Around about 21 to 23 days is a really interesting “blip” in development where the pups have a sudden sensory development period.  This stage is called the awareness period and it is during this period that the puppies start to waddle around a lot more and begin forming social relationships with the other pups and their dam.  Puppies in pairs can start to be introduced to different rooms in the house, and a variety of different surfaces.

The canine socialization period occurs between three and seven weeks of age; this is the age where pups learn the most about being a dog.  They learn that if they bite too hard, their littermates will squeal and mom may interrupt them and make them stop playing.  Mom has a very important role to play in this stage and if she is removed from the puppies at this age, they may always have a little bit of trouble with dog to dog interactions.  This is perhaps the most important time for bite inhibition and lays the foundations for pups to learn about how to use their mouths appropriately.  When pups are separated from their littermates and mom during this stage, big problems can evolve.  We have recently been seeing rescues that remove pups from litters of feral dogs in this window and we often see these dogs develop significant problems later on.  If you are considering a puppy from a rescue, ensure that the rescue has kept the litter together until at least seven weeks.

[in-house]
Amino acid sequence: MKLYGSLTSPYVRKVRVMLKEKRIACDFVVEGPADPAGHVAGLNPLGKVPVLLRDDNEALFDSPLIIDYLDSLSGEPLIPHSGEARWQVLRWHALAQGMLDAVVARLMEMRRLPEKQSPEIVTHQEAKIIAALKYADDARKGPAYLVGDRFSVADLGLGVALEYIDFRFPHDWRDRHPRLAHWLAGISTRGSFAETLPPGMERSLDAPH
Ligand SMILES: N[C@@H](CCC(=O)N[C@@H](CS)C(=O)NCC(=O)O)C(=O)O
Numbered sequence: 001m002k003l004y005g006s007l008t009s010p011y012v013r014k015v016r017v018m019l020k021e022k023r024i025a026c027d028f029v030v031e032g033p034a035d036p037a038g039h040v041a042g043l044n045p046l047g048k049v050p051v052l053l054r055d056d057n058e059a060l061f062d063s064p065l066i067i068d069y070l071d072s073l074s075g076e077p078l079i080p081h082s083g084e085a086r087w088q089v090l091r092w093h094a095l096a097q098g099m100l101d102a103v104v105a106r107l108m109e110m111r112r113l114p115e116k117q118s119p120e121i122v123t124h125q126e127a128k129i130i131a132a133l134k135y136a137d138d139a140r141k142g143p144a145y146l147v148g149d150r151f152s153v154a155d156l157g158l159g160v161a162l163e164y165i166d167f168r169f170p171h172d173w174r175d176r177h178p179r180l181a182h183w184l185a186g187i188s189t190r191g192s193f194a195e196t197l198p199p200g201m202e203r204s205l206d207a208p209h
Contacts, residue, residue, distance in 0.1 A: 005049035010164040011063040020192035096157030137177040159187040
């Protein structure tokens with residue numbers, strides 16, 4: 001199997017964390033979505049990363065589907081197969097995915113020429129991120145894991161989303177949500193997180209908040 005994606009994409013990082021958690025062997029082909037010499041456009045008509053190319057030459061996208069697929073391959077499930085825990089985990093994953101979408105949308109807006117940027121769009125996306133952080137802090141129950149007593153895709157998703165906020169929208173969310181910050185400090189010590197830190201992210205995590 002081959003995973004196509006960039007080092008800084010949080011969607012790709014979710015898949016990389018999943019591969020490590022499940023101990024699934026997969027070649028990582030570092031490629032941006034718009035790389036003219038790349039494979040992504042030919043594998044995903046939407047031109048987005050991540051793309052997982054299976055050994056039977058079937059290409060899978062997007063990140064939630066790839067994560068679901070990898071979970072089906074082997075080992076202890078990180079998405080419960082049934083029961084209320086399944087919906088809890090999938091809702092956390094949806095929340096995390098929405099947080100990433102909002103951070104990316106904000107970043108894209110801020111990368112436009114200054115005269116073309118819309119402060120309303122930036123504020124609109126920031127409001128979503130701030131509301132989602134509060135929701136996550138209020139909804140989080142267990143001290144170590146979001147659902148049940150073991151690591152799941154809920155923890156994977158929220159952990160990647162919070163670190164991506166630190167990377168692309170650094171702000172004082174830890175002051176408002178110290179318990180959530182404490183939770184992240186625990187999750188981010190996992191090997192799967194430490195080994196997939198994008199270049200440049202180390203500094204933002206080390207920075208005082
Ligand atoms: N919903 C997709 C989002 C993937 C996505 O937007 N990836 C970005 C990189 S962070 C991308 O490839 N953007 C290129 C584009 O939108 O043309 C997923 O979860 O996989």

The next big stage that comes along is the human socialization period from seven to twelve weeks.  In my experience the advantage of the breeder keeping the puppies for a week into this stage is that the puppies have a solid start with a knowledgeable handler and you can use that week between seven and 8 weeks to visit the litter and get to know the pups.  At seven weeks, your puppy can come home, and there is going to be little harm in doing so, but in my opinion and experience that extra week with the breeder can really help.